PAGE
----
Medically reviewed on Nov 15, 2018
(SOW dee um EYE oh dide)
Excipient information presented when available (limited, particularly for generics); consult specific product labeling. [DSC] = Discontinued product
Iodopen: 100 mcg/mL (10 mL [DSC])
Brand Names: U.S.
- Iodopen [DSC]
- Trace Element, Parenteral
Iodine is required for thyroid hormone synthesis.
Urine (major); bile (minor)
Use: Labeled Indications
Iodine supplement: Supplement to intravenous solutions given for total parenteral nutrition (TPN) to prevent depletion of endogenous iodine stores and subsequent deficiency symptoms.
Known hypersensitivity to iodine or any component of the formulation; undiluted administration into a peripheral vein
Iodine supplement: IV: 1 to 2 mcg/kg/day (usual range: 75 to 150 mcg/day) administered in TPN solution. For women who are pregnant or breast-feeding, 2 to 3 mcg/kg/day administered in TPN solution
Refer to adult dosing.
Iodine supplement: Children and Adolescents: IV: 2 to 3 mcg/kg/day administered in TPN solution
Dosing: Renal Impairment
There are no dosage adjustments provided in the manufacturer's labeling; however, dosage may need to be adjusted, reduced, or omitted.
Dosing: Hepatic Impairment
There are no dosage adjustments provided in the manufacturer's labeling.
IV: Administer in admixtures only. Do not administer undiluted into a peripheral vein; phlebitis may occur.
Dietary reference intake for iodine (IOM 2001):
0 to 6 months: Adequate intake: 110 mcg/day
7 to 12 months: Adequate intake: 130 mcg/day
1 to 8 years: RDA: 90 mcg/day
9 to 13 years: RDA: 120 mcg/day
≥14 years: RDA: 150 mcg/day
Pregnancy: RDA: 220 mcg/day
Lactation: RDA: 290 mcg/day
Store at 20°C to 25°C (68°F to 77°F).
There are no known significant interactions.
Frequency not defined.
Hematologic & oncologic: Eosinophilia, hemorrhage, lymph node hyperplasia
Hypersensitivity: Anaphylactic shock, angioedema, hypersensitivity
Neuromuscular & skeletal: Arthralgia
Concerns related to adverse effects:
• Hypersensitivity reactions: Hypersensitivity reactions, including anaphylactic shock (sometimes fatal), have been reported; evaluate patients for iodide sensitivity prior to administration and discontinue immediately if a reaction occurs.
• Renal impairment: Use with caution; iodine supplements in total parenteral nutrition solutions may need to be adjusted, reduced, or omitted.
Dosage form specific issues:
• Aluminum: The parenteral product may contain aluminum; toxic aluminum concentrations may be seen with high doses, prolonged use, or renal dysfunction. Premature neonates are at higher risk due to immature renal function and aluminum intake from other parenteral sources. Parenteral aluminum exposure of >4 to 5 mcg/kg/day is associated with CNS and bone toxicity; tissue loading may occur at lower doses (Federal Register 2002). See manufacturer's labeling.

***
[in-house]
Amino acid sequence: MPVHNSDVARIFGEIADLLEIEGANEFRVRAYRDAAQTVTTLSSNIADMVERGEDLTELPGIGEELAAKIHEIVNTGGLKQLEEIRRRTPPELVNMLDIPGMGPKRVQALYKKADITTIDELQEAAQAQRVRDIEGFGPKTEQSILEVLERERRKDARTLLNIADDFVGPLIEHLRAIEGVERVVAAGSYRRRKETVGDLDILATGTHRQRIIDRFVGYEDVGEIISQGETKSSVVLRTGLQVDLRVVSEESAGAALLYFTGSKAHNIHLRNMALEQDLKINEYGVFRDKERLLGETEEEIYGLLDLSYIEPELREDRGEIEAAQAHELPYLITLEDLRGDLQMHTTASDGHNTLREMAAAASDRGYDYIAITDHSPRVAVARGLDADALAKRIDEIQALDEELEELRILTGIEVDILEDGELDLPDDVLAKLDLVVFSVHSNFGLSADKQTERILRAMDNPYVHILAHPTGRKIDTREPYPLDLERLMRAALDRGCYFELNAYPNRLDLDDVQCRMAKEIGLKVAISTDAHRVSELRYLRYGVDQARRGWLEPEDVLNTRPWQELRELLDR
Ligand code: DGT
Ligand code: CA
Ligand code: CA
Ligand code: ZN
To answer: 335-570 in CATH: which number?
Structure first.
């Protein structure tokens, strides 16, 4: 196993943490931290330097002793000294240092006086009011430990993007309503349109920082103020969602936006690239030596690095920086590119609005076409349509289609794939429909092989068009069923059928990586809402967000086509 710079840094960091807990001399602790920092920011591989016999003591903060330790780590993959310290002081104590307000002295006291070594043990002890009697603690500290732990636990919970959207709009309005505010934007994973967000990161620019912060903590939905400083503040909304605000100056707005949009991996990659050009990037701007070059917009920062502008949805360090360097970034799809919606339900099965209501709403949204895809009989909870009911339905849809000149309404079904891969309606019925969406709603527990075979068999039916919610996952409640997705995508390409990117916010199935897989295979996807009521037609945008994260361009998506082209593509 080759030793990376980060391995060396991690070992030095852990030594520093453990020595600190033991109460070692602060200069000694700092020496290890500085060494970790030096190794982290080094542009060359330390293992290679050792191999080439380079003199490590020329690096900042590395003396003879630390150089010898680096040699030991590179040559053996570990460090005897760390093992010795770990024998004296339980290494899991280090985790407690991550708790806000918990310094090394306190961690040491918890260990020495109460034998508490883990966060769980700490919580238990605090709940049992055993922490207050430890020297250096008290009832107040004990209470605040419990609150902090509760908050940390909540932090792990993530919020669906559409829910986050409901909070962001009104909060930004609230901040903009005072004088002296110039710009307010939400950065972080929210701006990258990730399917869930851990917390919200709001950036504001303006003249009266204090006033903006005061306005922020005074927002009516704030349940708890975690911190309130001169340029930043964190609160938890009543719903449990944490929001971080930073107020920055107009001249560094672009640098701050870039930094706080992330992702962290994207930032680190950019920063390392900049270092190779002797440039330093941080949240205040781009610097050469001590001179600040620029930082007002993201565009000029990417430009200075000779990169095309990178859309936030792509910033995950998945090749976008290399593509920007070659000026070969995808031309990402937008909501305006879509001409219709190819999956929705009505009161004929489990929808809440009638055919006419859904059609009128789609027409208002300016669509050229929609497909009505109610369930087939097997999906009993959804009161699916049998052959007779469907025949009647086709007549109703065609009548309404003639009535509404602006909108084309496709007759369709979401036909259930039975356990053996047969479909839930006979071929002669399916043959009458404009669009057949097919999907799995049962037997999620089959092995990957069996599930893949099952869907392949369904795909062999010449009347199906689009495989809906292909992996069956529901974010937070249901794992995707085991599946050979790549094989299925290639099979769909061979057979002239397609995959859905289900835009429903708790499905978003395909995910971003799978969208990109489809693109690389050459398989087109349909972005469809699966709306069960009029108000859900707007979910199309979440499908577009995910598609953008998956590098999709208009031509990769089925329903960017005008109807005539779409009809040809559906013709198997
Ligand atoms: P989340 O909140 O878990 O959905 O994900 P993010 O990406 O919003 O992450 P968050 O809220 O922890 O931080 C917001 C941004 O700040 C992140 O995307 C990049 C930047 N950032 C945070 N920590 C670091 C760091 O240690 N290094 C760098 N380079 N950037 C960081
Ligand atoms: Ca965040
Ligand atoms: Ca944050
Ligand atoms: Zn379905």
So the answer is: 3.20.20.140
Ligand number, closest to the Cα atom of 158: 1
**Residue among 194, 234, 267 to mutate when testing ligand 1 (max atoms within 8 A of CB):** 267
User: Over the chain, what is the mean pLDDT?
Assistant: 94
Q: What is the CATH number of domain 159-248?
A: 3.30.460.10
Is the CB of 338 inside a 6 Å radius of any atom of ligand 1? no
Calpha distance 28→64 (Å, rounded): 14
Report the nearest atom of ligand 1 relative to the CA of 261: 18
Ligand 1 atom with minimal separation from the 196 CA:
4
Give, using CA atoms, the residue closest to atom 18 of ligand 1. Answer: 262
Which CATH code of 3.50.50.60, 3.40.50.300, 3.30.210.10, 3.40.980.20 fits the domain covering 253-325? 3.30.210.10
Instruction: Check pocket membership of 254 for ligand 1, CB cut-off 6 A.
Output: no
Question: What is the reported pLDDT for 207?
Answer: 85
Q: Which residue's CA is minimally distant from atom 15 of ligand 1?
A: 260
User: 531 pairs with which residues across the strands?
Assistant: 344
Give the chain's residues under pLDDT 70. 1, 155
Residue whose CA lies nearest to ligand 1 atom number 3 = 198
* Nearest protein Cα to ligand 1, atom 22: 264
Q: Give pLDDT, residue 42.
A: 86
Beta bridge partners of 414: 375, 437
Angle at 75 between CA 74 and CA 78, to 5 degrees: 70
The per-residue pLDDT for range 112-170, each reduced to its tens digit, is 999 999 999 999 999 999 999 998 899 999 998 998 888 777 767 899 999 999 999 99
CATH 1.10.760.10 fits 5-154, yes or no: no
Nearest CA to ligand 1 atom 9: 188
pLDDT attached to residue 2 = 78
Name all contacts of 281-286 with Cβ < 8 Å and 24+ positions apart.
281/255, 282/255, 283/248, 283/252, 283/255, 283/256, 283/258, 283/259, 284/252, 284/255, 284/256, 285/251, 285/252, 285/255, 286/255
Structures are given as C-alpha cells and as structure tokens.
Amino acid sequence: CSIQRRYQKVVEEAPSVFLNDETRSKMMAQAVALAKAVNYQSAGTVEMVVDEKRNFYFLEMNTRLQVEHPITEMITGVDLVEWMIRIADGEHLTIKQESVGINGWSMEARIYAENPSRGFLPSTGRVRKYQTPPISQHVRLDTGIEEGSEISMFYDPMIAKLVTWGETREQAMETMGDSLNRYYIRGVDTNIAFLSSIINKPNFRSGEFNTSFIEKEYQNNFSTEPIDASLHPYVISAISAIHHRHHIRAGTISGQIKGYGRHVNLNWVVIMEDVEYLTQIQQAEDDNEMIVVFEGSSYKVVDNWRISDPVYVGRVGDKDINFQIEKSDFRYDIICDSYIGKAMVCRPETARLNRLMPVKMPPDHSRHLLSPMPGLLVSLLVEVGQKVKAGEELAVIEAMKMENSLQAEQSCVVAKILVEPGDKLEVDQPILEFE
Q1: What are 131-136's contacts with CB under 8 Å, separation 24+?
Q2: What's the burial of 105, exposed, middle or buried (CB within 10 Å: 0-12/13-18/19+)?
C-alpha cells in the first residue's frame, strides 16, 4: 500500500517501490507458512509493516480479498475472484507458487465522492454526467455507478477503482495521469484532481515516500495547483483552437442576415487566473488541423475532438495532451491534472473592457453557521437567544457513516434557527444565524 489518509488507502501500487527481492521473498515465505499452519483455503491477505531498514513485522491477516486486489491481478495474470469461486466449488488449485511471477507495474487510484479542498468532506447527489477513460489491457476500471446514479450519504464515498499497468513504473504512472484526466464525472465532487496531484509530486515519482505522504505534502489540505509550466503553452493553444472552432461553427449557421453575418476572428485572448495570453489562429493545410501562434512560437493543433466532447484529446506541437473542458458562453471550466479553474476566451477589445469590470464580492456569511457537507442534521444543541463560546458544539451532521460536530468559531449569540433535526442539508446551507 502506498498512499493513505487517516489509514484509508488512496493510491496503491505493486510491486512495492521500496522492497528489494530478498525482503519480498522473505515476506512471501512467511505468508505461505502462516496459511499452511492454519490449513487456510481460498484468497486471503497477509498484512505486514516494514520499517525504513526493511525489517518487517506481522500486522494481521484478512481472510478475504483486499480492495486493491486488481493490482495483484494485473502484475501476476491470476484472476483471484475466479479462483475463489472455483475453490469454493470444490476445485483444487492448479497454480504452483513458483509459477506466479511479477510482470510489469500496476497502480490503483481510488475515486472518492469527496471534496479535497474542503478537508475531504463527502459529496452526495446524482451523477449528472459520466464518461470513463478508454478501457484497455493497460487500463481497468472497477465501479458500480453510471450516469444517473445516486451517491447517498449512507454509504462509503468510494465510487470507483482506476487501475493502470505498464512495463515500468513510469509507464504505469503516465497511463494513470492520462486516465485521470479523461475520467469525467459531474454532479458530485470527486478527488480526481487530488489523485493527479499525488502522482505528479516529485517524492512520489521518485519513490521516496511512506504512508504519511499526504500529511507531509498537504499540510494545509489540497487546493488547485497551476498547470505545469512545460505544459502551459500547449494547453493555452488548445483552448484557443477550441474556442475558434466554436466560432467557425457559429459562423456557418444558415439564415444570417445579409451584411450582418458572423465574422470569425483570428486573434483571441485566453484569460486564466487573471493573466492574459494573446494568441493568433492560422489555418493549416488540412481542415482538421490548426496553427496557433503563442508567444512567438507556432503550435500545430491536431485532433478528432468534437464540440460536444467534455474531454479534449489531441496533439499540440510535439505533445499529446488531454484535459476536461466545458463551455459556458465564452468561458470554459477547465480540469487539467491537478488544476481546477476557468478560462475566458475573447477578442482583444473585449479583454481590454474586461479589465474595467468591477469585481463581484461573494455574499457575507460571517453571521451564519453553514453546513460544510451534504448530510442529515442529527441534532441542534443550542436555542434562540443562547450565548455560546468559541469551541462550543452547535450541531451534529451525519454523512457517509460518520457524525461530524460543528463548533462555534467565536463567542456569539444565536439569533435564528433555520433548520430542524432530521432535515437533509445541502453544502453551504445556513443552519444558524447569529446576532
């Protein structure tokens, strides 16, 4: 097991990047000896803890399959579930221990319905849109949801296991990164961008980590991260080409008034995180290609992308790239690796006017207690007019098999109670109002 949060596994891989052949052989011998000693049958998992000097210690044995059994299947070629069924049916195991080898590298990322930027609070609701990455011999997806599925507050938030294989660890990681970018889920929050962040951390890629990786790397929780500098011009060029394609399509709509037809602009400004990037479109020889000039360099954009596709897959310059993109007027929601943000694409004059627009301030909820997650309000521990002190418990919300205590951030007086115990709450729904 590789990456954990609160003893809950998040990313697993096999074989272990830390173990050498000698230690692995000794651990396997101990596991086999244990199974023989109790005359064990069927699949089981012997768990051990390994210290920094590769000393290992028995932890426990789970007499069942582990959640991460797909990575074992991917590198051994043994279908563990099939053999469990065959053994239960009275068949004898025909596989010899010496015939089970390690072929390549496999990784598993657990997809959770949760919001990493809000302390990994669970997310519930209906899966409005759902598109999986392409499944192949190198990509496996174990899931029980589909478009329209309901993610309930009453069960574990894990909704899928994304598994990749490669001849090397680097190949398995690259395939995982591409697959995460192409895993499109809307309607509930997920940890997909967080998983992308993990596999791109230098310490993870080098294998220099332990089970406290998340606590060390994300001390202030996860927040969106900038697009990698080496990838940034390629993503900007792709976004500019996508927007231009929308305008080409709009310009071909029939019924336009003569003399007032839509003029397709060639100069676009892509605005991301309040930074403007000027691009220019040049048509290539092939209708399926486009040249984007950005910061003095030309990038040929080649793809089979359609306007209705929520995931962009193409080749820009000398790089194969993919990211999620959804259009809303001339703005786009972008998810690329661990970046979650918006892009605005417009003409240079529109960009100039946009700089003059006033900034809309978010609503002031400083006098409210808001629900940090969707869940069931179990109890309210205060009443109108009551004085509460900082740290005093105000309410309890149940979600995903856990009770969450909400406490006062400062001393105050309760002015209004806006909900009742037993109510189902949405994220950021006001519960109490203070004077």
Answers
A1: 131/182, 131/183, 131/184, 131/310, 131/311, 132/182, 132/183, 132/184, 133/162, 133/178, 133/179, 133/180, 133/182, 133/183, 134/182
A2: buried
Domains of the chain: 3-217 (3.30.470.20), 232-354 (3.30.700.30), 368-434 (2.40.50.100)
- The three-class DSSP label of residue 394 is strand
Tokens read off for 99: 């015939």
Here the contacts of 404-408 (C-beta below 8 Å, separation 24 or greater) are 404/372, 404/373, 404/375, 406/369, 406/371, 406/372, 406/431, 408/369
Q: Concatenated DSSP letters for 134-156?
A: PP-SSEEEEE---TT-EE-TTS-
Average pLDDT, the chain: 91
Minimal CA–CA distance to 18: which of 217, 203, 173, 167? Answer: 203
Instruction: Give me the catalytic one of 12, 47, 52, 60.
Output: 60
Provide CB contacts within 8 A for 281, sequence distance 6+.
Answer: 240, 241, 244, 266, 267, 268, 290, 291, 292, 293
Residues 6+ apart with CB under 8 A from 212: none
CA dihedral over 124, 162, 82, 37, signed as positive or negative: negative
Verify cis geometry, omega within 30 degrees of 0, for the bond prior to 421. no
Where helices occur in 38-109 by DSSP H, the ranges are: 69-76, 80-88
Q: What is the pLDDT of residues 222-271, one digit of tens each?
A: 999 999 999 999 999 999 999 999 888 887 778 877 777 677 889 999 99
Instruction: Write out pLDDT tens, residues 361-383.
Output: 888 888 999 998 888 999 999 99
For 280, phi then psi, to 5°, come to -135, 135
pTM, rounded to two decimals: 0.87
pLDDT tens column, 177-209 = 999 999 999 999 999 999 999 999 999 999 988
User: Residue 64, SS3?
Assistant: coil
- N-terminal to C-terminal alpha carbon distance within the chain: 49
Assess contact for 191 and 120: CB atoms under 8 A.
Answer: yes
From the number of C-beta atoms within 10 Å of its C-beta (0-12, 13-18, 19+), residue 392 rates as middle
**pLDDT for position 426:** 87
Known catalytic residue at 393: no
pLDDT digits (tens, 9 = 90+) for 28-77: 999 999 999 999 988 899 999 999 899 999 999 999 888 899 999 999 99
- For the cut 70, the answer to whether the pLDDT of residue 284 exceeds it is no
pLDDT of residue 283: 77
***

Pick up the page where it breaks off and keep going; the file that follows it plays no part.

• Appropriate use: Sodium iodide is a hypotonic solution; administer in admixtures only.
• Other sources of iodine: Iodine is readily absorbed through skin, lungs, and mucous membranes; consider environmental and topical (eg, topical skin disinfectants, surgical swabs, solutions) sources of iodine and their contribution to iodine stores.
Periodically monitor thyroid function
Sodium iodide for injection may be used in pregnant women as an iodine supplement when needed in total parenteral nutrition (TPN). An adequate amount of iodine intake is essential for thyroid function. Iodine crosses the placenta and requirements are increased during pregnancy. Iodine deficiency in pregnancy can lead to neurologic damage in the newborn; an extreme form, cretinism, is characterized by gross mental retardation, short stature, deaf mutism, and spasticity. Large amounts of iodine during pregnancy can cause fetal goiter or hyperthyroidism (IOM 2001).
• Discuss specific use of drug and side effects with patient as it relates to treatment. (HCAHPS: During this hospital stay, were you given any medicine that you had not taken before? Before giving you any new medicine, how often did hospital staff tell you what the medicine was for? How often did hospital staff describe possible side effects in a way you could understand?)
• Have patient report immediately to prescriber bruising, bleeding, chills, joint pain, or swollen glands (HCAHPS).
• Educate patient about signs of a significant reaction (eg, wheezing; chest tightness; fever; itching; bad cough; blue skin color; seizures; or swelling of face, lips, tongue, or throat). Note: This is not a comprehensive list of all side effects. Patient should consult prescriber for additional questions.
Intended Use and Disclaimer: Should not be printed and given to patients. This information is intended to serve as a concise initial reference for health care professionals to use when discussing medications with a patient. You must ultimately rely on your own discretion, experience, and judgment in diagnosing, treating, and advising patients.